Devotion in Motion: To understand all is to forgive all

9 ¶ For this reason we also, since the day we heard it, do not cease to pray for you, and to ask that you may be filled with the knowledge of His will in all wisdom and spiritual understanding;  Colossians 1:9  NKJV

By Bro. John L. Cash

Well, it’s good to be back with you all after the summer break. When I first became the Country Preacher Dad, I wrote columns all year round. But then my editor, Gwen Rockwood, suggested I take summers off. I think that’s a good thing for everybody. Readers get to read some old columns they might have missed the first time, and I get a chance to do some stuff so I have things to write about. Everybody wins.

There’s an expression that’s made a comeback lately: “The More You Know.” I’m not sure where it originated, but I know they used it for those public service announcements between Saturday cartoons on NBC back in the 1990s. In 30 seconds the narrators gave us some marvelous food for thought. And they pointed out that the more that you know, the better your life will be. That’s why I encourage young people to study hard in school and to learn as much as they possibly can.

There’s a  Christian version of “The More You Know.” It’s found in the following proverb: “To understand all is to forgive all.” There’s a lot of truth in these words. If you really comprehend where someone else is coming from, there’s a good chance your understanding will lead you to forgive others for their failings. Allow me to demonstrate.

When Susan and I were first married, one of my uncles told his wife she was “a good looking heifer.” In our family at the time, the older men used “heifer” as a term of endearment. (I have actually heard Gwen Rockwood’s father, Billy Rule, use this exact same phrase in referring to a remarkable woman.) Susan (having been raised nowhere near a farm) told me this was really a very rude thing for a man to say. After all, why would a man refer to his wife as a cow?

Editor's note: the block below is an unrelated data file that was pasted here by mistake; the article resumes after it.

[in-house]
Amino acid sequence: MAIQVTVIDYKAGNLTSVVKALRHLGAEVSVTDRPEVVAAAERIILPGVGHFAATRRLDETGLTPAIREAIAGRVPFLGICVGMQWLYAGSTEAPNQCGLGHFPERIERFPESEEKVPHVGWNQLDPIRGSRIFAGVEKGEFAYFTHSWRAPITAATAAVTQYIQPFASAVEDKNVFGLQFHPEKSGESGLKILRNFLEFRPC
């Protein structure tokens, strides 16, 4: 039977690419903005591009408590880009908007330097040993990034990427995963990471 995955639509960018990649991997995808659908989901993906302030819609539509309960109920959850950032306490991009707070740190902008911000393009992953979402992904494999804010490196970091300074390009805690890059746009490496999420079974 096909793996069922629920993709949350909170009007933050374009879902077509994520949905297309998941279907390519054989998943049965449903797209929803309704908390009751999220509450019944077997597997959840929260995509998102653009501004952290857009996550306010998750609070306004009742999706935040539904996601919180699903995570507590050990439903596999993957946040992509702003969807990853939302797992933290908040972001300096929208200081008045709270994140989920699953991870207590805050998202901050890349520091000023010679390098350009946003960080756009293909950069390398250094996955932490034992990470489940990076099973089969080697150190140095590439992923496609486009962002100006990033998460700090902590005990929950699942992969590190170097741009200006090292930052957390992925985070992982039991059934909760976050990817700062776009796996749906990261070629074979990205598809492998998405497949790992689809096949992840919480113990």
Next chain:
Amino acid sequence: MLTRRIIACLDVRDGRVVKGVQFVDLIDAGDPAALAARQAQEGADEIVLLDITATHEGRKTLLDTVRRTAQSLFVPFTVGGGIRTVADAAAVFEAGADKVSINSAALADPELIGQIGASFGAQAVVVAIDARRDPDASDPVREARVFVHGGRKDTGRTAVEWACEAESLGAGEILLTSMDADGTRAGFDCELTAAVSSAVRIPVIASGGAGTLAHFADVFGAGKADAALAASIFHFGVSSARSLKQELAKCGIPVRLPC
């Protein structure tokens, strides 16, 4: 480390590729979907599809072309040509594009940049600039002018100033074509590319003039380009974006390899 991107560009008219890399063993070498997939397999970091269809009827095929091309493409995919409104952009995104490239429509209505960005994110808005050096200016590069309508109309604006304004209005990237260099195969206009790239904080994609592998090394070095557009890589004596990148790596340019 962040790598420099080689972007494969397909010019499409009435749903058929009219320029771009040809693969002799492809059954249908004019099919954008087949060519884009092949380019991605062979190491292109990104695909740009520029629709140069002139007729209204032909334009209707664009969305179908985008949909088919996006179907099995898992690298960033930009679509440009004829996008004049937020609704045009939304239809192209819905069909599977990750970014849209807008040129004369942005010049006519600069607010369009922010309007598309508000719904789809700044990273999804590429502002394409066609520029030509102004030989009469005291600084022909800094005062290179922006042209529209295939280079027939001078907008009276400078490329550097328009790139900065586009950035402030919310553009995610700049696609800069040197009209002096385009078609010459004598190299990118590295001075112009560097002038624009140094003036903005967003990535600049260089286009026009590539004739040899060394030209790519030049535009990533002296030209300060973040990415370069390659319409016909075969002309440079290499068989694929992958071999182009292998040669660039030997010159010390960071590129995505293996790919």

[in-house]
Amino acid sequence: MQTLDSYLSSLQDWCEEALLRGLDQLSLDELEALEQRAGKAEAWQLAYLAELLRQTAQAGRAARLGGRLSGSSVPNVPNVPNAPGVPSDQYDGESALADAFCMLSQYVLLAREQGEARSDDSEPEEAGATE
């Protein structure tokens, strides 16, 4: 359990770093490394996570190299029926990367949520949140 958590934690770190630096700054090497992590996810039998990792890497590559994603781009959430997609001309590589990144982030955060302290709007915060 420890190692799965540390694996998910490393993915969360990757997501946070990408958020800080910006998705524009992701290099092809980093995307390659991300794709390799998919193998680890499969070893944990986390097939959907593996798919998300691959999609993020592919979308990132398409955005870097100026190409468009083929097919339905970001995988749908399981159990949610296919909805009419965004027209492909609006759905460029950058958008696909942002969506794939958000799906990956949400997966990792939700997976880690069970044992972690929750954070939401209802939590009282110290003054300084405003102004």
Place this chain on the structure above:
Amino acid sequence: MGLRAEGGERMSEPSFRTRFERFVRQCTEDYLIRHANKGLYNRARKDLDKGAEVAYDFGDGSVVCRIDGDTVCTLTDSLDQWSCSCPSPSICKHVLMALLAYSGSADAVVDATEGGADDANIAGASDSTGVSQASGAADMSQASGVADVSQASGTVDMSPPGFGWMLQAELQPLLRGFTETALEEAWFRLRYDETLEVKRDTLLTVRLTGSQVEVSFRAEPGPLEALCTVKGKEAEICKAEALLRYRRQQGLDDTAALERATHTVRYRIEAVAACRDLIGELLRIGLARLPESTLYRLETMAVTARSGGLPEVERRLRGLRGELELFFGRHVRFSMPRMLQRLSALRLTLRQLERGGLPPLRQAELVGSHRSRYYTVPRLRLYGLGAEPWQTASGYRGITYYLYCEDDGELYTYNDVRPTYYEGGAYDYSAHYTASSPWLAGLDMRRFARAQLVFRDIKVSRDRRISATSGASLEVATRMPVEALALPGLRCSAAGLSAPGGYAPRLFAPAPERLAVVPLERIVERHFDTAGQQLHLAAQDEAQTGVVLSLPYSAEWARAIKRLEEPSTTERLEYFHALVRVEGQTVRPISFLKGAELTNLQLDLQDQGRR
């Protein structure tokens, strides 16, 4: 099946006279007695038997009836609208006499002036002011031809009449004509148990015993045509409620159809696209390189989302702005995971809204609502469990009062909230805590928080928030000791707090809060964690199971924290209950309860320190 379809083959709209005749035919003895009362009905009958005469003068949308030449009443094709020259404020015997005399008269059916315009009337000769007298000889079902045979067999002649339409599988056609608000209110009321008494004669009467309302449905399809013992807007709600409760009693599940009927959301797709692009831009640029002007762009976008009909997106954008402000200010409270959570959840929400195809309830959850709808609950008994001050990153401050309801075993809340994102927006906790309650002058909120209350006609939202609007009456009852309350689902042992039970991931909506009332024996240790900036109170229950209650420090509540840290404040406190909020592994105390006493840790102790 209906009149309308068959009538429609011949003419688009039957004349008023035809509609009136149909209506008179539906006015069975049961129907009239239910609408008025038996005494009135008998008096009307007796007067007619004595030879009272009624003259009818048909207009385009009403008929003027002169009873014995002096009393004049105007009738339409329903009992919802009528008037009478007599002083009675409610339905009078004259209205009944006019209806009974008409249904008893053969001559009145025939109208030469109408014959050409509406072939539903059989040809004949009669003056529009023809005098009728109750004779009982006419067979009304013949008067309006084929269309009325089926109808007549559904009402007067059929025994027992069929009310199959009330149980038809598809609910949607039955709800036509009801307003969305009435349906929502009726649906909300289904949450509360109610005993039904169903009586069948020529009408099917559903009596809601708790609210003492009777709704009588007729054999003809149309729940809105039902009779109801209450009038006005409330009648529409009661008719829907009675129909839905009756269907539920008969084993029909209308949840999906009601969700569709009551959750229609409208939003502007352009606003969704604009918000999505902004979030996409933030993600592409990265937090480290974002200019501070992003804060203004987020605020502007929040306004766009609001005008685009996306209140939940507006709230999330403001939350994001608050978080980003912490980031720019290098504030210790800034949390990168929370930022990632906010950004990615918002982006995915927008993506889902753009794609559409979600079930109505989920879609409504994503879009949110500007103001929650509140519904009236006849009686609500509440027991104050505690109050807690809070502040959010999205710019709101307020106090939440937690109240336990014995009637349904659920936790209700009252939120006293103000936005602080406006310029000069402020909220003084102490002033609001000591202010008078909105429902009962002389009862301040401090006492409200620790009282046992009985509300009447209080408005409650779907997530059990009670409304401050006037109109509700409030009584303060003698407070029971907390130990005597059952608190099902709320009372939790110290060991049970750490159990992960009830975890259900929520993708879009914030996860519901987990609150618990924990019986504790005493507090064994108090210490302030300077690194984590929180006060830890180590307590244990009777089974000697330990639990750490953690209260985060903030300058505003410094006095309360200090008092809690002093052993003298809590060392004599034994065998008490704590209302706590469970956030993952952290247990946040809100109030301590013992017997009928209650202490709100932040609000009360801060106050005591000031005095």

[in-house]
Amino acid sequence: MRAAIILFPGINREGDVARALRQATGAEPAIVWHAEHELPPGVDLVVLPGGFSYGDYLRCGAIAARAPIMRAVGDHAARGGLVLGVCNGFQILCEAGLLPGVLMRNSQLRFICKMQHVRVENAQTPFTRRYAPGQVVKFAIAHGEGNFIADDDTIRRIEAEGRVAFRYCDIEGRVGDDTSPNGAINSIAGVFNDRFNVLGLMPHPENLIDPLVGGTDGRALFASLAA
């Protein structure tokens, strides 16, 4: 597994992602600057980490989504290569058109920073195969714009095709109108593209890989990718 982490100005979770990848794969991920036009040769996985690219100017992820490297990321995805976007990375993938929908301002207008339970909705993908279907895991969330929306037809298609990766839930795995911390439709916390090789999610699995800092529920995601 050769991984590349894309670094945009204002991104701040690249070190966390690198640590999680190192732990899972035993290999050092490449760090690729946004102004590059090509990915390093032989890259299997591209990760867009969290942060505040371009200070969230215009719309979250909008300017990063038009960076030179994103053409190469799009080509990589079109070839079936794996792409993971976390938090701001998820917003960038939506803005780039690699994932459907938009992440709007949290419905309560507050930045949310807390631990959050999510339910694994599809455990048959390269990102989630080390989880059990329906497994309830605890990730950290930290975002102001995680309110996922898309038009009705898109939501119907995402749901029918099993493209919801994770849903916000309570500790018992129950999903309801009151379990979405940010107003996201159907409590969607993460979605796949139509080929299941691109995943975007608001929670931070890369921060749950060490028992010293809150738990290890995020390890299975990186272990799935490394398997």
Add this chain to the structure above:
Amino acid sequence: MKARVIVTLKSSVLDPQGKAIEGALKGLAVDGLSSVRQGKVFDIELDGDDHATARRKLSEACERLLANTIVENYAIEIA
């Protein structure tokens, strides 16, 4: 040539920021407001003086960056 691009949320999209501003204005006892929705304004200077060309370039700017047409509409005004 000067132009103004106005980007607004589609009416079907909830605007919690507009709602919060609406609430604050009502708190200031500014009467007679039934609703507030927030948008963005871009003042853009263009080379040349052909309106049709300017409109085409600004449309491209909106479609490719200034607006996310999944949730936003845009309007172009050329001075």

Later on, I shared Susan’s concerns with my elderly uncle. His answer surprised me. “Has Susan ever looked at a heifer? My goodness, there’s nothing prettier than a heifer….”

Sometime later I showed Susan a photograph of a heifer.  It was a lovely animal. And Susan said, “I get it now. That thing is gorgeous. There really isn’t anything prettier than a heifer.” That noble face. The big, brown eyes. That auburn, wavy hair. You see, to understand all is to forgive all.

So, this week, let’s ask the Lord to give us insight into the lives and experiences of others. Maybe by walking a mile in the other fellow’s shoes we’ll have more compassion and patience in dealing with his foibles.

But, on the other hand, in this present political and social climate, I DO NOT recommend calling any woman a heifer. A heifer is a beautiful animal, but you’re still not going to get by with it.  “The more you know….” 😊

Dr. John L. Cash is the “Country Preacher Dad.” He was raised in Stuttgart, Arkansas, and has spent the last 34 years being a country preacher in the piney woods five miles south of the little town of Hickory, Mississippi. He’s a retired Mississippi public schoolteacher with grown sons, and is now a stay-at-home-grandpa. He and his lovely wife, Susan, live in a brick house in town (where it’s been as hot as the blue-blazes this week.) You can send him a note at